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Panelists Call Federal Privacy Legislation Necessary and Express Optimism Toward That Goal

David Jelke

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Photo of privacy panel at State of the Net conference by David Jelke

WASHINGTON, January 29, 2020 – Federal privacy legislation is necessary to ensure standardization of legal treatment, technology experts said Tuesday at the 2020 State of the Net conference.

On a panel on “Privacy and Preemption” at the annual tech policy gathering, speakers acknowledged the role of the California Consumer Privacy Act in spurring discussion and action. But the CCPA fails to provide rules that are clear to consumers about their rights and clear to businesses about their obligations.

Jessica Rich, former director of the Federal Trade Commission’s Bureau of Consumer Protection, highlighted the irony of a visitor from Nevada to California travelling across the border and facing a situation of vastly different rights. This created a “bad consumer experience,” Rich said.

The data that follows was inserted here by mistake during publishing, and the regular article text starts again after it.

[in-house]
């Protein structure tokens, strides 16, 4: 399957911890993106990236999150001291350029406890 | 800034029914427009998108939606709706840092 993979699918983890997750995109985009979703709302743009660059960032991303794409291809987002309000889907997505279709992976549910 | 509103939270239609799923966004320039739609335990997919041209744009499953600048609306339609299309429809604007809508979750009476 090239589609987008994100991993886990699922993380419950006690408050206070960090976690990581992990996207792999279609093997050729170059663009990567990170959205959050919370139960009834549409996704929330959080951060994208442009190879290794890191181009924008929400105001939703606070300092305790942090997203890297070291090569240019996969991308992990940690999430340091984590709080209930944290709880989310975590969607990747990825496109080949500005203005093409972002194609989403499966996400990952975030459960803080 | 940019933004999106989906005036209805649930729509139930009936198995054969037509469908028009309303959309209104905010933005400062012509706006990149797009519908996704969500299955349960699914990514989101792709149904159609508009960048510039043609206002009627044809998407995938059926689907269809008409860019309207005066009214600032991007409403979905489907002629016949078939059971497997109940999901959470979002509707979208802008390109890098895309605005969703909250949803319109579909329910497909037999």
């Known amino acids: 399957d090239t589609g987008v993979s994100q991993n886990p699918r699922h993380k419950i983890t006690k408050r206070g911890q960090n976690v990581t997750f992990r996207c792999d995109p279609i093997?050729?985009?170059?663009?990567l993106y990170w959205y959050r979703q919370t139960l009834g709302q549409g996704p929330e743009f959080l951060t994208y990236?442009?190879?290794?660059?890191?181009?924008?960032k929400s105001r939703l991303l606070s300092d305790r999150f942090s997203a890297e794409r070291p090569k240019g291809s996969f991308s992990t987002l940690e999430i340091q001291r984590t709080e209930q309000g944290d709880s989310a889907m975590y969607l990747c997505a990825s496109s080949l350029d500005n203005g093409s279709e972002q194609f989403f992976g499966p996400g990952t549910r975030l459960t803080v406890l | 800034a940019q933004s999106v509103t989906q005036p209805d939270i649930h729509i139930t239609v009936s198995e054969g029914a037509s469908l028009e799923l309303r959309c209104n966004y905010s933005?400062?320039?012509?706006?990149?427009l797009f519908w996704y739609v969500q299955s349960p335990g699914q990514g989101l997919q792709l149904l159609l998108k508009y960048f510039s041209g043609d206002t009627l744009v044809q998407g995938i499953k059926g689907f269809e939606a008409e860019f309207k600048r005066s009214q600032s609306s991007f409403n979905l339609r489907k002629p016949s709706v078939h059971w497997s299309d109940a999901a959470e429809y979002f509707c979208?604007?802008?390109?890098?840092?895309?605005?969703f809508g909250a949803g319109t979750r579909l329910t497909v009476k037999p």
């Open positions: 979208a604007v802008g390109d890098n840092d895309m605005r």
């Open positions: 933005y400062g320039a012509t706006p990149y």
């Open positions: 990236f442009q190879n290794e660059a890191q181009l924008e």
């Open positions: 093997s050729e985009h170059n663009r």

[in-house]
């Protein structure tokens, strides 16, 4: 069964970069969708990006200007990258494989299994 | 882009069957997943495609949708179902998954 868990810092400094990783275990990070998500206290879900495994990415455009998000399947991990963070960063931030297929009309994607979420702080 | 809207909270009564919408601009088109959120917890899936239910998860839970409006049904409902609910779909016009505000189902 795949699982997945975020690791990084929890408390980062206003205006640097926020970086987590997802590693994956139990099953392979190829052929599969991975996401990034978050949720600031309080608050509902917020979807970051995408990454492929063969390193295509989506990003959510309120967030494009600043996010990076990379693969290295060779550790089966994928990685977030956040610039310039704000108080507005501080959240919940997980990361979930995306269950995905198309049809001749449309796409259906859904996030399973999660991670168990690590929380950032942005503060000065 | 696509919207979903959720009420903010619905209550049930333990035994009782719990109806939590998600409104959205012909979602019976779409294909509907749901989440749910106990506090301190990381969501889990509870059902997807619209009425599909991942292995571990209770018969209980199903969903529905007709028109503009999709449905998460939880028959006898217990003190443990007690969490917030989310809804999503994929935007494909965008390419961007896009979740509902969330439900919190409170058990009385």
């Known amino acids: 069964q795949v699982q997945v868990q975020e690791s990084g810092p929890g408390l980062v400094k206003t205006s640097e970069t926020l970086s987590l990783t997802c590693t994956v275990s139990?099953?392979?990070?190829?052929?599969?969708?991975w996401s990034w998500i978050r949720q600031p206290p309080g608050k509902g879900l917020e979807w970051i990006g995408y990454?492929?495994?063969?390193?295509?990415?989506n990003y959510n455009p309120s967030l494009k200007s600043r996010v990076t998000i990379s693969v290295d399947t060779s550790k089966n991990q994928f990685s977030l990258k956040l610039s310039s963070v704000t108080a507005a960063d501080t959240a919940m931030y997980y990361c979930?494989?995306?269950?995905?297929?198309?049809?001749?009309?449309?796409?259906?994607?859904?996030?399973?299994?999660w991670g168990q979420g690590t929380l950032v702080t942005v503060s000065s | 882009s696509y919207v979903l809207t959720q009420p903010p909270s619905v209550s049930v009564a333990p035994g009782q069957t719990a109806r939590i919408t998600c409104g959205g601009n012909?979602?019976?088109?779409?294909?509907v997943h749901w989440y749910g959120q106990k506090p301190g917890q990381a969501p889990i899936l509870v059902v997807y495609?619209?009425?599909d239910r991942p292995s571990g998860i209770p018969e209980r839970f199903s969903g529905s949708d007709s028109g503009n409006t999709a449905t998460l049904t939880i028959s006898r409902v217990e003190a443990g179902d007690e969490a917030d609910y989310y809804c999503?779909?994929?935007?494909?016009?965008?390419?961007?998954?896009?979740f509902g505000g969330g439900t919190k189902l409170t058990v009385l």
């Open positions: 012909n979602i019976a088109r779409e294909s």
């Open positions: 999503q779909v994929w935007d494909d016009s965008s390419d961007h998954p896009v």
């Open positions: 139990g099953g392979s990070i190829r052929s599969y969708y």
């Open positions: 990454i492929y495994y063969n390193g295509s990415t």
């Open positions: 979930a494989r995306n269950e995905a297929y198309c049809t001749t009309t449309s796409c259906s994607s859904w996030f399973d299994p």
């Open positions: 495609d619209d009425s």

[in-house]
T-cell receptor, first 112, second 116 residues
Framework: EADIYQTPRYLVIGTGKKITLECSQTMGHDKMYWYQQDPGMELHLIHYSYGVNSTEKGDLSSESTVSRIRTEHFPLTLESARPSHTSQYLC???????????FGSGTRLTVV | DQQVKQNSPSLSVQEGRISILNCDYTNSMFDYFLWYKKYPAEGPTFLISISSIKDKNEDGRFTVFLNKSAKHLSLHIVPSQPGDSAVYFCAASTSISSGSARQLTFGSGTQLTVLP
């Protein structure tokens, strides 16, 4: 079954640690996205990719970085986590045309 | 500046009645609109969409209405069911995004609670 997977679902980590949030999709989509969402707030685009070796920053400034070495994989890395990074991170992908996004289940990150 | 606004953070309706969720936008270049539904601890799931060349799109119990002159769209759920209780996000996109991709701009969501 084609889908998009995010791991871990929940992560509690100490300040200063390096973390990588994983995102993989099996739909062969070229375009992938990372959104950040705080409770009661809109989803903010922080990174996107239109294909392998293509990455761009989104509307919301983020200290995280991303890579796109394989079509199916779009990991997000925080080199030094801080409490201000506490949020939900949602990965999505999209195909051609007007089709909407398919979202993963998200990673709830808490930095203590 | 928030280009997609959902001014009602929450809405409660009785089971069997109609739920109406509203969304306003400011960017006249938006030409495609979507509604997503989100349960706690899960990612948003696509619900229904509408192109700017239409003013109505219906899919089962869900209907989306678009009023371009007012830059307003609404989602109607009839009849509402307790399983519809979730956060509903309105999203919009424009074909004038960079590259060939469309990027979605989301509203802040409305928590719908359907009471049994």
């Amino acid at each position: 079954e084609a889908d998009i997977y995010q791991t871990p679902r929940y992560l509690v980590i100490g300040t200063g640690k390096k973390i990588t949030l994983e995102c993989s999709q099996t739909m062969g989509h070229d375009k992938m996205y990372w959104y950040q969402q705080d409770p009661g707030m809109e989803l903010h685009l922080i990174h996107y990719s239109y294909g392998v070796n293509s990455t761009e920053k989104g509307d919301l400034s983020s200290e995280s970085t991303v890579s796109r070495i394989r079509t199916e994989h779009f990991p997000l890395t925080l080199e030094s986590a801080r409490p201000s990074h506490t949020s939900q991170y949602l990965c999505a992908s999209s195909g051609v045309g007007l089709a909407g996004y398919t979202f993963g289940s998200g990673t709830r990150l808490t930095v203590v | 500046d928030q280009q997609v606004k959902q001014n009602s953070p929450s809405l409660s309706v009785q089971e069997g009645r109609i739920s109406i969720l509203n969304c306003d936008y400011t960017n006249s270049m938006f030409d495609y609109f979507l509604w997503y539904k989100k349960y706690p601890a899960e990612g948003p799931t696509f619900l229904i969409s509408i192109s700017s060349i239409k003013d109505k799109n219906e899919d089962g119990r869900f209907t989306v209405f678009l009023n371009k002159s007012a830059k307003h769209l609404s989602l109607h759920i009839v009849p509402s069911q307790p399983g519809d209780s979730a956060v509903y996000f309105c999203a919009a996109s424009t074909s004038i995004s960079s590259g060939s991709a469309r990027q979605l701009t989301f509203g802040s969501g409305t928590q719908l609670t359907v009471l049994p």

Chris Calabrese, vice president of the Center for Democracy and Technology, praised Congress’ handling of privacy legislation thus far, citing the seriousness with which representatives have approached the issue in the wake of serious national data breaches.

The panel also addressed where small businesses fit into the tug-of-war of data privacy. Rich said many small businesses can come into contact with sensitive user data and should not be given a free pass in legislation.

“Lest we forget, Cambridge Analytica was a small company,” cracked Jason Albert, Director of Public Policy at Workday.

The panel also defended the FTC against the criticism that it is unfit to enforce data privacy legislation. Albert argued that the FTC has an internationally respected reputation that would be very difficult for a new agency to imitate.

Rich pointed to the fact that the FTC is under-sourced with about only 50 employees assigned to privacy issues for the whole country. Calabrese added to the sentiment by referencing how the Information Commissioner’s Office, Britain’s FTC equivalent, has 500 employees for a nation a quarter the population.

Calabrese also expressed a desire for companies to have the ability to check in with the FTC regarding grey area privacy practices so as to avoid accidental infringement of privacy law.

The moderator capped off the session by asking for the panelists’ predictions as to the future of privacy law. The panel was cautiously optimistic about the future of privacy and believed that the country still had time to sort through the implications that information technologies pose.

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